An explosion last month that caused a University of Hawaii, Manoa, postdoctoral researcher to lose an arm was caused by a spark from a digital pressure gauge that was not designed for use with flammable gases, says a Honolulu Fire Department investigation report.
Thea Ekins-Coward was combining hydrogen, carbon dioxide, and oxygen gases from high-pressure cylinders into a lower pressure tank when the incident occurred. She has not given the university permission to release information about her condition, said spokesman Daniel Meisenzahl at an April 18 press conference.
The gas mixture was “food” for bacteria being used to produce biofuels and bioplastics. Ekins-Coward was working for the Hawaii Natural Energy Institute under researcher Jian Yu. A 2013 paper by Yu indicates a set-up in which gases are plumbed through a mixing device called a gas proportioner directly into the bioreactor (Int. J. Hydrogen Energy 2013, DOI: 10.1016/j.ijhydene.2013.04.153). The gas gauge identified in the paper is an “intrinsically safe” model designed to prevent ignition.
But after Ekins-Coward started in the lab last fall, she purchased a 49-L steel gas tank, a different gauge not rated as intrinsically safe, a pressure-relief valve, and fittings, and she put them together, Yu and Ekins-Coward told fire department investigators, according to the report. Ekins-Coward would add the gases to the portable tank, which would then be connected to the bioreactor. She was using a mixture of 70% hydrogen, 25% oxygen, and 5% carbon dioxide for her experiments, the report says.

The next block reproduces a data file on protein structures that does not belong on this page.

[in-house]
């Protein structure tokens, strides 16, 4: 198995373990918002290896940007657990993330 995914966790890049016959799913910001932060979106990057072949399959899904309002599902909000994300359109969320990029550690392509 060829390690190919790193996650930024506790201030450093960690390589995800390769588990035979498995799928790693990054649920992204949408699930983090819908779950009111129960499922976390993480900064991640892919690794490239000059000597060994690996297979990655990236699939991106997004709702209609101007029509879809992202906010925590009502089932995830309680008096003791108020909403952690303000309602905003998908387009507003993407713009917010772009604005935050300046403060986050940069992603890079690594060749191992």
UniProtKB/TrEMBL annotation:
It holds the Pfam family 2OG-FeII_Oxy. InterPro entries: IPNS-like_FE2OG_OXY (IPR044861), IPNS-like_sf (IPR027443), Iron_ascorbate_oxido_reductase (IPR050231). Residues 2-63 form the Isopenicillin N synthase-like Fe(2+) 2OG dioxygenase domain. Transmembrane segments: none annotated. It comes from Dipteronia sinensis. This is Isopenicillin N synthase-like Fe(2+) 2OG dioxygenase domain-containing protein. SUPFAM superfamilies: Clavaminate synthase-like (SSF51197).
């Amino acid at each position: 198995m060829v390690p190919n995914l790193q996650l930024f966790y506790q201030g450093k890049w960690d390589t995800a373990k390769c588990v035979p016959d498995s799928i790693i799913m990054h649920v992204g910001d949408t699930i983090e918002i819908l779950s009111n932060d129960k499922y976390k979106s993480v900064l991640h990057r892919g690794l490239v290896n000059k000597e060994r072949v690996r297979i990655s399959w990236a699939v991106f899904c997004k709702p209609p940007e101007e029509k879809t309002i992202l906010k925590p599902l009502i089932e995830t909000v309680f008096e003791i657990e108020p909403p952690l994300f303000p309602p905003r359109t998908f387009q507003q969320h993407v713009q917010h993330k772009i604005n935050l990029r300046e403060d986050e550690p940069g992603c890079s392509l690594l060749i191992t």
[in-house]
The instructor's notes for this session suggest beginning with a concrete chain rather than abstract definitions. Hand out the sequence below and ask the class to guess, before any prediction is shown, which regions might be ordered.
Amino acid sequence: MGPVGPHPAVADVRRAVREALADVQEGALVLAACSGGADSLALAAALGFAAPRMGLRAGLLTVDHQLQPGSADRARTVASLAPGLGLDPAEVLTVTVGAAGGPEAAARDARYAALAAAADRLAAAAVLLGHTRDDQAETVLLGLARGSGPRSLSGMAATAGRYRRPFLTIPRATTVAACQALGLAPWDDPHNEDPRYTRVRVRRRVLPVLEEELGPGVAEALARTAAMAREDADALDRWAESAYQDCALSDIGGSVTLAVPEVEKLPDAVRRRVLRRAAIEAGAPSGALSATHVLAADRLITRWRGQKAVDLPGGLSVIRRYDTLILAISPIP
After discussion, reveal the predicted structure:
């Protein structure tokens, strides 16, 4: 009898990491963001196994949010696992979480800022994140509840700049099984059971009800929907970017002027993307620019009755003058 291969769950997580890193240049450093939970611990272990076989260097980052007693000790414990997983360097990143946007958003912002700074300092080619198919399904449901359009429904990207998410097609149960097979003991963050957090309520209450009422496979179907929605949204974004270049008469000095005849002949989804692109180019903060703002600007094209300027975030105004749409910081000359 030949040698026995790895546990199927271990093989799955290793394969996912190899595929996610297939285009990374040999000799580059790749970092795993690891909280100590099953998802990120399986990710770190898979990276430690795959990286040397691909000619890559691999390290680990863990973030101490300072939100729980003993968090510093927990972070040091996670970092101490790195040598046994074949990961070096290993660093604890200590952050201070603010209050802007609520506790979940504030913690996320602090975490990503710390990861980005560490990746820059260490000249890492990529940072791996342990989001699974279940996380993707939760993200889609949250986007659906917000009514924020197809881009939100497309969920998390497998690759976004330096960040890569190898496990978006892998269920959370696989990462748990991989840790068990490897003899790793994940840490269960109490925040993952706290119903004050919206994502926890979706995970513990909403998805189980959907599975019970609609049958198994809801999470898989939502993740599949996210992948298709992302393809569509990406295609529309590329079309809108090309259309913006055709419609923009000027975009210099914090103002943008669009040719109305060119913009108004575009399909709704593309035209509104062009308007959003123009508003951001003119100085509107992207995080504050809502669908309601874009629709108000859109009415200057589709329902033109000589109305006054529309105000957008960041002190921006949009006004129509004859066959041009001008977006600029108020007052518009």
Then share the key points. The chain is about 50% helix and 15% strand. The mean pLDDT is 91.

In the week before the incident, a similar set-up with a 3.8-L tank resulted in a “small internal explosion” when Ekins-Coward pressed the off button on the gauge, the fire department report says. She also occasionally experienced static shocks when touching the tank, which was not grounded. She reported the shocks and possibly the small explosion to Yu, who told her not to worry about it, the report says.
On the day of the incident, the 49-L tank exploded when Ekins-Coward pressed the off button on the gauge. “She did not lose consciousness or hit her head; she was aware that she lost her arm in the explosion,” the report says. “She couldn’t open the door to the lab, the door was stuck closed.” Security officers and a graduate student kicked in the door to help Ekins-Coward get out. Her right arm was severed just above the elbow, the report says.
The University of Hawaii hired the University of California Center for Laboratory Safety to independently investigate the incident. That report is expected to be completed by the end of this month. The Hawaii Occupational Safety & Health Division is also investigating the incident.
These photos, released by the Honolulu Fire Department,
llustrate the force of the March 16 explosion and its consequences.
(warning: some images are graphic)